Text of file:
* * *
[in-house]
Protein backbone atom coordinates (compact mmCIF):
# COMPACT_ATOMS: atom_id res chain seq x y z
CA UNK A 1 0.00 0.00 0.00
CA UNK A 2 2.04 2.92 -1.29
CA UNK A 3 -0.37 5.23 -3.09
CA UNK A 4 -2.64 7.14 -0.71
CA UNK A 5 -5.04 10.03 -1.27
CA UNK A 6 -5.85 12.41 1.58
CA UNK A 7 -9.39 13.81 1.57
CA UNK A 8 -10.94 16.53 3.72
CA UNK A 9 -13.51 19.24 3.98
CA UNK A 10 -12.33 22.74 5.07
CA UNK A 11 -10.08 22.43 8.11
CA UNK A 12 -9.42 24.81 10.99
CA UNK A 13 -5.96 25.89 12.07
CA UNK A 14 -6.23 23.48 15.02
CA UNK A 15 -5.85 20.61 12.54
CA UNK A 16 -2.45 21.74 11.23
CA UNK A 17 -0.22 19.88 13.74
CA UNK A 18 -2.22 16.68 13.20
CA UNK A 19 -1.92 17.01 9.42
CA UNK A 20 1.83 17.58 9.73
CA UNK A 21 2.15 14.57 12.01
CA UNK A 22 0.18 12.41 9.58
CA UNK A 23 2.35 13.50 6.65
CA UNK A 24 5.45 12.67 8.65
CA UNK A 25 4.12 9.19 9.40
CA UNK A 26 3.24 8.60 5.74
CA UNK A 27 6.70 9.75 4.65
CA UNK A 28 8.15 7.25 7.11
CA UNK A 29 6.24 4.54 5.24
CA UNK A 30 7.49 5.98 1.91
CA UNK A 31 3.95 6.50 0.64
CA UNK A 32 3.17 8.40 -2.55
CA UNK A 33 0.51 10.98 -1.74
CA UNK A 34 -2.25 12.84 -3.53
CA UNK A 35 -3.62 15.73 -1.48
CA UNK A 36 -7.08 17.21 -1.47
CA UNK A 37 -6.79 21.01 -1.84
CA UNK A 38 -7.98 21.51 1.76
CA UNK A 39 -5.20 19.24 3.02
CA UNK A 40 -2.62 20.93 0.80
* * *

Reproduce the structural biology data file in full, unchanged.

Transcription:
[in-house]
Protein backbone atom coordinates (compact mmCIF):
# COMPACT_ATOMS: atom_id res chain seq x y z
CA UNK A 1 0.00 0.00 0.00
CA UNK A 2 2.04 2.92 -1.29
CA UNK A 3 -0.37 5.23 -3.09
CA UNK A 4 -2.64 7.14 -0.71
CA UNK A 5 -5.04 10.03 -1.27
CA UNK A 6 -5.85 12.41 1.58
CA UNK A 7 -9.39 13.81 1.57
CA UNK A 8 -10.94 16.53 3.72
CA UNK A 9 -13.51 19.24 3.98
CA UNK A 10 -12.33 22.74 5.07
CA UNK A 11 -10.08 22.43 8.11
CA UNK A 12 -9.42 24.81 10.99
CA UNK A 13 -5.96 25.89 12.07
CA UNK A 14 -6.23 23.48 15.02
CA UNK A 15 -5.85 20.61 12.54
CA UNK A 16 -2.45 21.74 11.23
CA UNK A 17 -0.22 19.88 13.74
CA UNK A 18 -2.22 16.68 13.20
CA UNK A 19 -1.92 17.01 9.42
CA UNK A 20 1.83 17.58 9.73
CA UNK A 21 2.15 14.57 12.01
CA UNK A 22 0.18 12.41 9.58
CA UNK A 23 2.35 13.50 6.65
CA UNK A 24 5.45 12.67 8.65
CA UNK A 25 4.12 9.19 9.40
CA UNK A 26 3.24 8.60 5.74
CA UNK A 27 6.70 9.75 4.65
CA UNK A 28 8.15 7.25 7.11
CA UNK A 29 6.24 4.54 5.24
CA UNK A 30 7.49 5.98 1.91
CA UNK A 31 3.95 6.50 0.64
CA UNK A 32 3.17 8.40 -2.55
CA UNK A 33 0.51 10.98 -1.74
CA UNK A 34 -2.25 12.84 -3.53
CA UNK A 35 -3.62 15.73 -1.48
CA UNK A 36 -7.08 17.21 -1.47
CA UNK A 37 -6.79 21.01 -1.84
CA UNK A 38 -7.98 21.51 1.76
CA UNK A 39 -5.20 19.24 3.02
CA UNK A 40 -2.62 20.93 0.80